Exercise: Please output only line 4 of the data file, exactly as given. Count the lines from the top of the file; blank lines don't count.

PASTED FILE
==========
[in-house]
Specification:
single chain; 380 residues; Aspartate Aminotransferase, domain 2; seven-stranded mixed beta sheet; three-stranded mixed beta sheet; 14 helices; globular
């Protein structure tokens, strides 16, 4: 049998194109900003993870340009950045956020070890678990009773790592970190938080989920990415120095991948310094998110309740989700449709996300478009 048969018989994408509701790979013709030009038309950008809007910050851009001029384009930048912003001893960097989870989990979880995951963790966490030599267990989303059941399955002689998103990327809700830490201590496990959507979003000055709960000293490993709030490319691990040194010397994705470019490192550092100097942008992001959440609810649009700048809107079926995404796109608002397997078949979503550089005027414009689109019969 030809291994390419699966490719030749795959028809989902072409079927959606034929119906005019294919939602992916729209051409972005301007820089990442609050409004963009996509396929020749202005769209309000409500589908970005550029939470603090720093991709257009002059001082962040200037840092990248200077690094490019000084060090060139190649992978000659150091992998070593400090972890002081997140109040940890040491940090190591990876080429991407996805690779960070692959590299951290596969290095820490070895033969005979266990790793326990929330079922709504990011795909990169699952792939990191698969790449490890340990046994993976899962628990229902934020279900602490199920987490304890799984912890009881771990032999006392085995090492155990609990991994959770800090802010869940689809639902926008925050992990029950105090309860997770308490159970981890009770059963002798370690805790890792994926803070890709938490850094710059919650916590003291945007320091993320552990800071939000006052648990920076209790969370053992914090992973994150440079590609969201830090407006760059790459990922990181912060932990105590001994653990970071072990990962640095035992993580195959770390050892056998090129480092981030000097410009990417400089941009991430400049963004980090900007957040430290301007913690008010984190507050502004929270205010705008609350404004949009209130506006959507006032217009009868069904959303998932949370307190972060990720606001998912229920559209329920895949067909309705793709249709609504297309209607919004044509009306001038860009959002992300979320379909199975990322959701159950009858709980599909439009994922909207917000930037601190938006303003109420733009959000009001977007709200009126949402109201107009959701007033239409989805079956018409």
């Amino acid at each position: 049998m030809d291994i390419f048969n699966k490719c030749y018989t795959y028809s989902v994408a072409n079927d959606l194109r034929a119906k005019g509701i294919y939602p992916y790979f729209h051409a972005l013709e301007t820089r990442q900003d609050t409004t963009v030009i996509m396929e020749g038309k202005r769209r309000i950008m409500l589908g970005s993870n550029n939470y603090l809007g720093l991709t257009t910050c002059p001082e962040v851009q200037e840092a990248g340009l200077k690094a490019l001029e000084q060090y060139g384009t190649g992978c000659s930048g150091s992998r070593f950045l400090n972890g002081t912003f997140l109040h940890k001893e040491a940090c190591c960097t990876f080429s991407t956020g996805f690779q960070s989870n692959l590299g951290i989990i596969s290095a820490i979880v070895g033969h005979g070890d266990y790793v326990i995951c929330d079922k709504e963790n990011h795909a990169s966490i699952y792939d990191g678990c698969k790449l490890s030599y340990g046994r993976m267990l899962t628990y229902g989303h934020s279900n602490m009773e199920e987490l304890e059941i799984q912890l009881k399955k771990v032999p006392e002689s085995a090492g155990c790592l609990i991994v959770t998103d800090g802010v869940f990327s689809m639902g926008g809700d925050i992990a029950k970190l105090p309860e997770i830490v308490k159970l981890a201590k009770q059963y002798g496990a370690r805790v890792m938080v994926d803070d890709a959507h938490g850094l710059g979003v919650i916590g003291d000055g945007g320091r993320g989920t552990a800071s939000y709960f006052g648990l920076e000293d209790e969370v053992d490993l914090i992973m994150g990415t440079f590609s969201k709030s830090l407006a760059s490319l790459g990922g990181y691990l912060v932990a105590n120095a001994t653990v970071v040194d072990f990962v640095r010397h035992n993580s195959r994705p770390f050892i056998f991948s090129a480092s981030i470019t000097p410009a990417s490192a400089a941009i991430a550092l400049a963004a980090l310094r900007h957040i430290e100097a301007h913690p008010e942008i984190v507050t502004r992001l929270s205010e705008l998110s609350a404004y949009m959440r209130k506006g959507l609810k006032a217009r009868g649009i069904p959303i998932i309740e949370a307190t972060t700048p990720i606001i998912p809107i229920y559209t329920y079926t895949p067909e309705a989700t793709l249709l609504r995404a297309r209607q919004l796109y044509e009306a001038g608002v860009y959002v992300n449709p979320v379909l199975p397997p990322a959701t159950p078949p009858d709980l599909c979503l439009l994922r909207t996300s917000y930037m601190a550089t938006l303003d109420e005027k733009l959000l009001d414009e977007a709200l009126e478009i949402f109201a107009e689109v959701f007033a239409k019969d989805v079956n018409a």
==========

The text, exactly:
């Protein structure tokens, strides 16, 4: 049998194109900003993870340009950045956020070890678990009773790592970190938080989920990415120095991948310094998110309740989700449709996300478009 048969018989994408509701790979013709030009038309950008809007910050851009001029384009930048912003001893960097989870989990979880995951963790966490030599267990989303059941399955002689998103990327809700830490201590496990959507979003000055709960000293490993709030490319691990040194010397994705470019490192550092100097942008992001959440609810649009700048809107079926995404796109608002397997078949979503550089005027414009689109019969 030809291994390419699966490719030749795959028809989902072409079927959606034929119906005019294919939602992916729209051409972005301007820089990442609050409004963009996509396929020749202005769209309000409500589908970005550029939470603090720093991709257009002059001082962040200037840092990248200077690094490019000084060090060139190649992978000659150091992998070593400090972890002081997140109040940890040491940090190591990876080429991407996805690779960070692959590299951290596969290095820490070895033969005979266990790793326990929330079922709504990011795909990169699952792939990191698969790449490890340990046994993976899962628990229902934020279900602490199920987490304890799984912890009881771990032999006392085995090492155990609990991994959770800090802010869940689809639902926008925050992990029950105090309860997770308490159970981890009770059963002798370690805790890792994926803070890709938490850094710059919650916590003291945007320091993320552990800071939000006052648990920076209790969370053992914090992973994150440079590609969201830090407006760059790459990922990181912060932990105590001994653990970071072990990962640095035992993580195959770390050892056998090129480092981030000097410009990417400089941009991430400049963004980090900007957040430290301007913690008010984190507050502004929270205010705008609350404004949009209130506006959507006032217009009868069904959303998932949370307190972060990720606001998912229920559209329920895949067909309705793709249709609504297309209607919004044509009306001038860009959002992300979320379909199975990322959701159950009858709980599909439009994922909207917000930037601190938006303003109420733009959000009001977007709200009126949402109201107009959701007033239409989805079956018409």